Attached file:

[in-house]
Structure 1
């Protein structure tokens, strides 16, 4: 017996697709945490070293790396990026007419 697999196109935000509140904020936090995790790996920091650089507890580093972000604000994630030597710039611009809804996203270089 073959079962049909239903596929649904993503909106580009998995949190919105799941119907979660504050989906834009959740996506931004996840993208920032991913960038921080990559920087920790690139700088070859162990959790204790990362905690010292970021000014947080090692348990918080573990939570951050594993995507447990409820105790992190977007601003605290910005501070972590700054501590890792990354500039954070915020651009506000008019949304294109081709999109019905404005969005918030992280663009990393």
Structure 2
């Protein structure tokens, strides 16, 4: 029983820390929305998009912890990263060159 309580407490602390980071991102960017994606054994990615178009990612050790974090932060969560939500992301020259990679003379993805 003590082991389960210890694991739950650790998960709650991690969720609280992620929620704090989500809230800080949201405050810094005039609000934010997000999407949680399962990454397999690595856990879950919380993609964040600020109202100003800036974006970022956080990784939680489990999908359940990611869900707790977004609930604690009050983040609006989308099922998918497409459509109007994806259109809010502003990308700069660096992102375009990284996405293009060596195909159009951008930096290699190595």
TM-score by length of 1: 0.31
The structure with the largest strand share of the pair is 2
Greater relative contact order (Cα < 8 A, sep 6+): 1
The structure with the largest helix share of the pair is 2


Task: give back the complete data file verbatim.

[in-house]
Structure 1
């Protein structure tokens, strides 16, 4: 017996697709945490070293790396990026007419 697999196109935000509140904020936090995790790996920091650089507890580093972000604000994630030597710039611009809804996203270089 073959079962049909239903596929649904993503909106580009998995949190919105799941119907979660504050989906834009959740996506931004996840993208920032991913960038921080990559920087920790690139700088070859162990959790204790990362905690010292970021000014947080090692348990918080573990939570951050594993995507447990409820105790992190977007601003605290910005501070972590700054501590890792990354500039954070915020651009506000008019949304294109081709999109019905404005969005918030992280663009990393």
Structure 2
């Protein structure tokens, strides 16, 4: 029983820390929305998009912890990263060159 309580407490602390980071991102960017994606054994990615178009990612050790974090932060969560939500992301020259990679003379993805 003590082991389960210890694991739950650790998960709650991690969720609280992620929620704090989500809230800080949201405050810094005039609000934010997000999407949680399962990454397999690595856990879950919380993609964040600020109202100003800036974006970022956080990784939680489990999908359940990611869900707790977004609930604690009050983040609006989308099922998918497409459509109007994806259109809010502003990308700069660096992102375009990284996405293009060596195909159009951008930096290699190595």
TM-score by length of 1: 0.31
The structure with the largest strand share of the pair is 2
Greater relative contact order (Cα < 8 A, sep 6+): 1
The structure with the largest helix share of the pair is 2